If you always wanted to be in the shoes of Miss Marple, Inspector Poirot and the like, then Cruise For A Corpse is a great choice since it's one of the best murder-investigation adventure games ever created. The game was released for the Commodore Amiga, Atari ST and PC (MS-DOS) computers and received some of the best critics back then. The disk-swapping (5 disks) is rather frustrating though!
STORY / GAMEPLAY The story takes place somewhere in 1927 and you play the role of Police Inspector Raoul Dusentier, invited to spend some time aboard a luxurious boat owned by Niklas Karaboudjan, a very rich person. Upon your arrival, Niklas is found dead! A coincidence maybe? Or maybe not! And here's when the action begins since you are called to gather as much evidence as possible and question the other passengers and Niklas' employees, piecing the events together and deciding who could have possibly committed such a terrible crime. People are left for dead one by one while you have to be in the right place at the right time to investigate and question the passengers, before they are vanished for good. By using a simple point-and-click system you can interact with your environment(s), establishing links with the evidence you find in many of the different areas of the boat. Much like in most point-and-click adventures, each object found can be highlighted and will activate a list of possible actions. For example, finding a cupboard you can either search, examine or open its drawers. The boat is quite large so you need to walk a lot by using the map or by guiding Raoul in the direction you wish. There are also several animated story sequences that add to the plot and give clues on what to do next. Different events happen through the game as well. Some cabins may be inaccessible earlier in the game but later can be accessed granting you with interesting clues. There is a list of conversation topics displayed relating to the character that allow you to question the suspects based on information you gathered earlier. According to the answer, new conversation topics may be added to the initial list. An unnecessarily annoying feature here is that actual time progresses through the game, but it seems that it only moves on whenever you pick up another clue. The game can be completed in a variety of ways, so the story is not linear (as in most adventure games of the time, except of the almighty Monkey Island series and a few others)
Overall, Cruise For A Corpse is one of the best adventure games released for the home-computers of the past and although there were others of the like, it still looks and plays great!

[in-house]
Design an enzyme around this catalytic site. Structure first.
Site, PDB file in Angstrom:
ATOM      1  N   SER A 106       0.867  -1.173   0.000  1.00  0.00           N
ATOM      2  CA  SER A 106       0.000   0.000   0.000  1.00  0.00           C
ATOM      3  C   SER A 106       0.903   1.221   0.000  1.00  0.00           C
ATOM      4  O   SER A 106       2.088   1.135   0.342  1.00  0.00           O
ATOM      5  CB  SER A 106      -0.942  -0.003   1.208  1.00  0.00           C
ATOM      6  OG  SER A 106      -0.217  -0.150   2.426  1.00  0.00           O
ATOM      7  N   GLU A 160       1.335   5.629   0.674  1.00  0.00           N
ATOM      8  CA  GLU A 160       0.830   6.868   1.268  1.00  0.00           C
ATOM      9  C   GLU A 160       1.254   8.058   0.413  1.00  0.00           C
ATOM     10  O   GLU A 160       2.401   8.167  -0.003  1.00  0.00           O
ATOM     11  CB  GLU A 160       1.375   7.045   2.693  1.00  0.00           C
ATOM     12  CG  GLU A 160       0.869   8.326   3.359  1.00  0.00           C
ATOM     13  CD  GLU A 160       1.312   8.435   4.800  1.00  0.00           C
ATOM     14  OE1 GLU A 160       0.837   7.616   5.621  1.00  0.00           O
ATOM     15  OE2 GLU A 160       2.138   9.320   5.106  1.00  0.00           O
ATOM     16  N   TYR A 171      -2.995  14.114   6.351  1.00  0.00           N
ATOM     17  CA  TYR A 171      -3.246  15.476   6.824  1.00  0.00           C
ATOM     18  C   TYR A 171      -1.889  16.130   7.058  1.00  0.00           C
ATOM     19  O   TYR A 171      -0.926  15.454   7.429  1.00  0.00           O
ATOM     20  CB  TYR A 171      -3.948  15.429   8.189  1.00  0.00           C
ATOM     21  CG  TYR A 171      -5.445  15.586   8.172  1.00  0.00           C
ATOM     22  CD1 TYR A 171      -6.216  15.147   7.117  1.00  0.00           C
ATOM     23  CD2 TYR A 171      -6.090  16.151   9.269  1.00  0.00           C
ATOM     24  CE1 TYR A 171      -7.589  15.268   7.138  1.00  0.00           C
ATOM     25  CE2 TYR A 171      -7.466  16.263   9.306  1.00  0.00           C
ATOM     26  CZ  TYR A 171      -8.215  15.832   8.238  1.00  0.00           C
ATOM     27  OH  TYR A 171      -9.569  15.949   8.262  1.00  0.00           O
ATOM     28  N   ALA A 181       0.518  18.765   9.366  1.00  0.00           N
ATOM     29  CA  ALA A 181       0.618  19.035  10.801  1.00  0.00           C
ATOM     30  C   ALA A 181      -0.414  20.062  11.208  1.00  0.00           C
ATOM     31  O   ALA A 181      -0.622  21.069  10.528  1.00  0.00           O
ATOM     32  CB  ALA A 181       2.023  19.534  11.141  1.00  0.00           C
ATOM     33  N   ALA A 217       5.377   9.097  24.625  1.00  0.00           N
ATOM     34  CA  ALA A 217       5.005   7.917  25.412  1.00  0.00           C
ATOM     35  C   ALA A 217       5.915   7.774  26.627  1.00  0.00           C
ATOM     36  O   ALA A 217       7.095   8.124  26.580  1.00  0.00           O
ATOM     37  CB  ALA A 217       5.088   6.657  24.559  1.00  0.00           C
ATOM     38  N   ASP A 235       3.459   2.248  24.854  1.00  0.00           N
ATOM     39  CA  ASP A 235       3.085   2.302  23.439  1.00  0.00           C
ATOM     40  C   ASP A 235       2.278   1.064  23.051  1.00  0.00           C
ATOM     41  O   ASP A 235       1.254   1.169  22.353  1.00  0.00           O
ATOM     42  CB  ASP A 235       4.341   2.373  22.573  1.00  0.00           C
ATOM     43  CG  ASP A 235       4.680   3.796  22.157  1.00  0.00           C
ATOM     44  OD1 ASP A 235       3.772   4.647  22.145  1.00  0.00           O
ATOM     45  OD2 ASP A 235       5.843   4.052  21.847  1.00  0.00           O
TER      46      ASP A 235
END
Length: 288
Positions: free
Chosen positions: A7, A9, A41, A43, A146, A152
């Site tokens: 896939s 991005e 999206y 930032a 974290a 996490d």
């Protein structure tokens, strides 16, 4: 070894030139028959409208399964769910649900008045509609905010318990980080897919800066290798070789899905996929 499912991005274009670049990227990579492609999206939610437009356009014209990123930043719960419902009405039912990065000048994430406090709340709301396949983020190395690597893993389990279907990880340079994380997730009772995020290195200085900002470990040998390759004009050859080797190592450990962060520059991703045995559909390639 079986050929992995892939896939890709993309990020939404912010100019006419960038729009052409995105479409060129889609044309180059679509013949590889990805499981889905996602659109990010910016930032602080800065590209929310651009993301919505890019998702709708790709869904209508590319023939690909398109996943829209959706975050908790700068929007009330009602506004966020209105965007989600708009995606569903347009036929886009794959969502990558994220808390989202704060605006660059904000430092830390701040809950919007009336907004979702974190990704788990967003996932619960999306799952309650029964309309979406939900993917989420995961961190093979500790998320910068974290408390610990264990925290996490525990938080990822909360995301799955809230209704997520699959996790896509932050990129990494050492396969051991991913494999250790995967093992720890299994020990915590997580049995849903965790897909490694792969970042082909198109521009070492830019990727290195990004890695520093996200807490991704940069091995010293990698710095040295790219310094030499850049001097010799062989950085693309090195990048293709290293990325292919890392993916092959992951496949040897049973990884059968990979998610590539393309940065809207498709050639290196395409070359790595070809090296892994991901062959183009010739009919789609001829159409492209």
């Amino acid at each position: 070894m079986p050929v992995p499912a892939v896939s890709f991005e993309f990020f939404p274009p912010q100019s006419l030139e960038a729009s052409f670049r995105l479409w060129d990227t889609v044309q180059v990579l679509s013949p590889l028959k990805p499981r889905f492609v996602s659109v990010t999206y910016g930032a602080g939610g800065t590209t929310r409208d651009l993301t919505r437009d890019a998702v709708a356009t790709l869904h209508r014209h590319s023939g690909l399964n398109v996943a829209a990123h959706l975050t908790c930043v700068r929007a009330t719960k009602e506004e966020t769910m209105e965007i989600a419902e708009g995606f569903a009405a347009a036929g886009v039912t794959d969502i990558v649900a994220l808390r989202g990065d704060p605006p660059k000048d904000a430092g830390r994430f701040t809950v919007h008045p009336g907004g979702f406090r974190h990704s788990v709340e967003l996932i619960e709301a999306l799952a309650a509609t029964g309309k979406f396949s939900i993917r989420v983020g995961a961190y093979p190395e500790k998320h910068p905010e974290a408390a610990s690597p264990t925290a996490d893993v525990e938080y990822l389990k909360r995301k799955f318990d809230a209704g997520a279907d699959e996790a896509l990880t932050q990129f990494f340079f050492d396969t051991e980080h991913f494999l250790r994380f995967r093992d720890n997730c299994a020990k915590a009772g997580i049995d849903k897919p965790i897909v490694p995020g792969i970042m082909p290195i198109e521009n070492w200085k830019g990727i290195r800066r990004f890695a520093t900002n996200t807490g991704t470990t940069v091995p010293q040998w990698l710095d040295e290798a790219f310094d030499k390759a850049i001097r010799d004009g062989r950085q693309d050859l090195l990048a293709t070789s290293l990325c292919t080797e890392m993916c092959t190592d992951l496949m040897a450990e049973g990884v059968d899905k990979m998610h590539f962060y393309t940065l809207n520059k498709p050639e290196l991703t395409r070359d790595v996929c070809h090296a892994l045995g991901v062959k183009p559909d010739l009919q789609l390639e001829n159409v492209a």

GRAPHICS / SOUND This game is superb and some of Delphine Software's finest, using their great, cinematic, unique and incredibly powerful adventure interface. It offers detailed, bitmapped backdrops along with vector-style, animated characters (remember Another World and Flashback?). Overall, the game's graphics sport some nice touches of humor with nicely details indoors and outdoors and the characters' animation works well, especially when you get the chance to question them. The Amiga version runs a bit faster than the Atari ST but slower compared to the DOS version, which is rather obvious. All screens have up to 32 colors and the visuals here are comparable to the PC version (that runs on VGA only). In some screens (i.e. when walking at the boat's decks) the screens have the same amount of colors both in Amiga and PC versions (around 30) while he indoor screens are way more colorful on the PC version. Soundwise, Cruise For A Corpse is quite good with a nice intro music as well as several in-game tunes that accompany some of the screens or actions. There is also a variety of sampled effects that add a lot to the game's great atmosphere.
CPU: Motorola MC68000 7.16 MHz MEMORY: 512KB of Chip RAM (OCS chipset - A500), 512 KB of Slow RAM or Trapdoor RAM can be added via the trapdoor expansion, up to 8 MB of Fast RAM or a Hard drive can be added via the side expansion slot. The ECS chipset (A500+) offered 1MB on board to 2MB (extended) of Chip RAM. GRAPHICS: The OCS chipset (Amiga 500) features planar graphics (codename Denise custom chip), with up to 5 bit-planes (4 in hires), allowing 2, 4, 8, 16 and 32 color screens, from a 12bit RGB palette of 4096 colors. Resolutions varied from 320x256 (PAL, non-interlaced, up to 4096 colors) to 640x512 (interlace, up to 4 colors). Two special graphics modes where also included: Extra Half Bright with 64 colors and HAM with all 4096 colors on-screen. The ECS chipset models (Amiga 500+) offered same features but also extra high resolution screens up to 1280x512 pixels (4 colors at once). SOUND: (Paula) 4 hardware-mixed channels of 8-bit sound at up to 28 kHz. The hardware channels had independent volumes (65 levels) and sampling rates, and mixed down to two fully left and fully right stereo outputs